Two Late Holiday Reviews: Santa Claws and Happy Christmas


So, Christmas is over and, at this point, you’re probably sick of hearing about Christmas movies.  However, before we say goodbye to 2014 and welcome the new year, I wanted to take this opportunity to tell you about two new holiday films that I saw this month.

Santa Claws

Directed by Glenn Miller and produced by the wonderful people at the Asylum, Santa Claws tells the story of what happens when Santa Claus comes into contact with three adorable kittens.  Unfortunately, it would appear that Santa is highly allergic to cats and he ends up sneezing so much that he falls off the roof of a house.  Of course, this means that it’s up to the three kittens to climb into Santa’s sleigh and deliver the rest of the gifts.  Fortunately, Santa’s sleigh is equipped with a GPS system and two talking reindeer.

Did I mention that the kittens can talk too?

Because they so totally can!

Okay, okay — this is the type of low-budget, straight-to-DVD family film that critics are always snarky about.  But you know what?  I’m a cat person and I think kittens are the cutest things in the world.  And when they’re capable of talking, it’s even better!  Whatever flaws the movie may have had (and it had more than a few), the kittens were cute and really, that’s all that matters.

Add to that, Santa Claws was full of Asylum in-jokes.  For instance, one creepy, Santa-obsessed character also happens to love (and own) Sharknado.  When the kittens pulls up the list of who has been naughty and who has been nice, one of the names at the top of list is that of frequent Asylum actor (and star of A House Is Not A Home) Gerald Webb.

Ultimately, Santa Claws is cute fun for cat lovers.  Watch it on a double bill with the Grumpy Cat Christmas movie.

Happy Christmas

And, after you watch Santa Claws, you can watch a film that basically takes place in an entirely different universe.  Happy Christmas was this year’s film from director Joe Swanberg.  Swanberg, of course, is one of the major figures in the mumblecore movement, making films that feature improvised dialogue and which treat the mundane realities of life with the same reverence that most mainstream films reserve for chase scenes and CGI explosions. Swanberg’s previous film, Drinking Buddies, was one of the best of 2013.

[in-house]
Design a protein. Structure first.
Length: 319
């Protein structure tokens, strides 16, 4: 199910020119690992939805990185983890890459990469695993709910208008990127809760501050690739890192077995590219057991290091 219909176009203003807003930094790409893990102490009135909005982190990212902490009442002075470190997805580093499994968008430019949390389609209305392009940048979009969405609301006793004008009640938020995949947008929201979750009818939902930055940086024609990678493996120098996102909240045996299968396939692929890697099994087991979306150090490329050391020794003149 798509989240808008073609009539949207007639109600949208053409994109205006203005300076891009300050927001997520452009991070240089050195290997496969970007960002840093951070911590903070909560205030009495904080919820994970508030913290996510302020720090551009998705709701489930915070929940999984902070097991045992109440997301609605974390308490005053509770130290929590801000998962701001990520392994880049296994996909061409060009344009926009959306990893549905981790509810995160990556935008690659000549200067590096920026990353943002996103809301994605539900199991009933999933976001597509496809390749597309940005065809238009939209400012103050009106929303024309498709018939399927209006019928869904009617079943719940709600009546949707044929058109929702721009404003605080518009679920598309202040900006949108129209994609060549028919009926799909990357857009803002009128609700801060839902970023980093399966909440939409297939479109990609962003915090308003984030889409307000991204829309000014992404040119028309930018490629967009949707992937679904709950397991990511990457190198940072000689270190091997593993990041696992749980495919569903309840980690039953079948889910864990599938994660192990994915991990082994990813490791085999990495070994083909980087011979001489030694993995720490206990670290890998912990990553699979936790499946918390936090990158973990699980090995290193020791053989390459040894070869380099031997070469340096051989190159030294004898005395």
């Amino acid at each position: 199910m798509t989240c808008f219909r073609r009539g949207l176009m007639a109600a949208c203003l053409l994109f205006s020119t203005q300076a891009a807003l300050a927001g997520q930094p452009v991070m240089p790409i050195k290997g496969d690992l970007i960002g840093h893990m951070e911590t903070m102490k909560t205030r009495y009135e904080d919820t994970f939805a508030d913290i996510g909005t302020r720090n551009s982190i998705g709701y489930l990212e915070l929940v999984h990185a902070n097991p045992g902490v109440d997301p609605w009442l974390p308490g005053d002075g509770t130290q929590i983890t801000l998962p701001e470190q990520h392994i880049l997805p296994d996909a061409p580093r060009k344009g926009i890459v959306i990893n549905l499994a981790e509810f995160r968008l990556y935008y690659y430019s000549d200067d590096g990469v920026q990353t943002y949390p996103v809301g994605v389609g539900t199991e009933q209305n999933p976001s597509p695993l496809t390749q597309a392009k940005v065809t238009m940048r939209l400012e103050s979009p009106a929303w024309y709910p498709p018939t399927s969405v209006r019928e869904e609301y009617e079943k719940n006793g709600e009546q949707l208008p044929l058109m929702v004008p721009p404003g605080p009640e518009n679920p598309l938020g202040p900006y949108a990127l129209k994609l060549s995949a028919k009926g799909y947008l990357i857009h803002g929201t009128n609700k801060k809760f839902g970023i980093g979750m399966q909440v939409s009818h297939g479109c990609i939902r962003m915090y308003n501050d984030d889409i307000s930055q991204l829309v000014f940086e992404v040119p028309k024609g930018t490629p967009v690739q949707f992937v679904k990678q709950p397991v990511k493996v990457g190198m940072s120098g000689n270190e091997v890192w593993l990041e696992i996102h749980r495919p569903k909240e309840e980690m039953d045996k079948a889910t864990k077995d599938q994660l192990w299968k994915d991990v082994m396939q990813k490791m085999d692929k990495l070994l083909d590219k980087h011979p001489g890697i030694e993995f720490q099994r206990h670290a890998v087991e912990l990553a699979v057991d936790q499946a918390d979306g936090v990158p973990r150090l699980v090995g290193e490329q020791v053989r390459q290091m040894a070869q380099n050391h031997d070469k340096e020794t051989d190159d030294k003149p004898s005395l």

Happy Christmas never works as well as Drinking Buddies but fans of both Swanberg and the mumblecore movement will probably enjoy it.  Anna Kendrick plays Jenny, an irresponsible woman who might be an alcoholic.  When she breaks up with her boyfriend, Jenny ends up moving in with her older brother Jeff (played by Joe Swanberg, himself).  The rest of the film follows Jenny as she goes to parties with and embarrasses her friend Carson (Lena Dunham), dates an amiable pot dealer named Kevin (Mark Webber), and bonds with Jeff’s wife, Kelly (Melanie Lynesky).

Kelly is a novelist who has been suffering from writer’s block.  With the help of Jenny and Carson, she starts to work on what Jenny refers to as being a “trashy, sexy mom novel.”  Probably the best scene in the film features Jenny, Carson, and Kelly just sitting around and debating the best euphemisms to use while writing a sex scene.

(As well, I think that any writer can relate to Kelly’s situation here.  Who hasn’t been tempted to just sell out and just write something that’s totally commercial and goes against every idealistic dream you’ve ever had about being a serious writer?)

Many viewers will probably dismiss Happy Christmas as being a film where nothing really happens but I think they’re being shortsighted.  There’s a lot going on in Happy Christmas — you just have to be willing to look underneath the surface.  Though Happy Christmas rejects the melodramatic conventions that we’ve come to expect from most movies, that doesn’t mean that the film itself is plotless.  By the end of this rather short film, neither Kelly or Jenny is the same person that she was at the start of the film.  They’ve both changed for the better but — much as in real life — that change isn’t always obvious.  But the change is there, waiting to be discovered by those perceptive enough to notice.

Finally, it’s interesting to see both Anna Kendrick and Melanie Lynesky playing against type here.  Kendrick especially seems to be having a lot of fun, finally getting to play a character who doesn’t always do the right thing.

And so, next Christmas, watch Happy Christmas when you want to think and watch Santa Claws when you need an excuse to go, “Awwwwww!”

 

2 responses to “Two Late Holiday Reviews: Santa Claws and Happy Christmas

  1. Pingback: Cleaning Out The DVR #13: Break-Up Nightmare (dir by Mark Quod) | Through the Shattered Lens

  2. Pingback: Cleaning Out The DVR, Again #21: I Am Watching You (dir by Maureen Bharoocha) | Through the Shattered Lens

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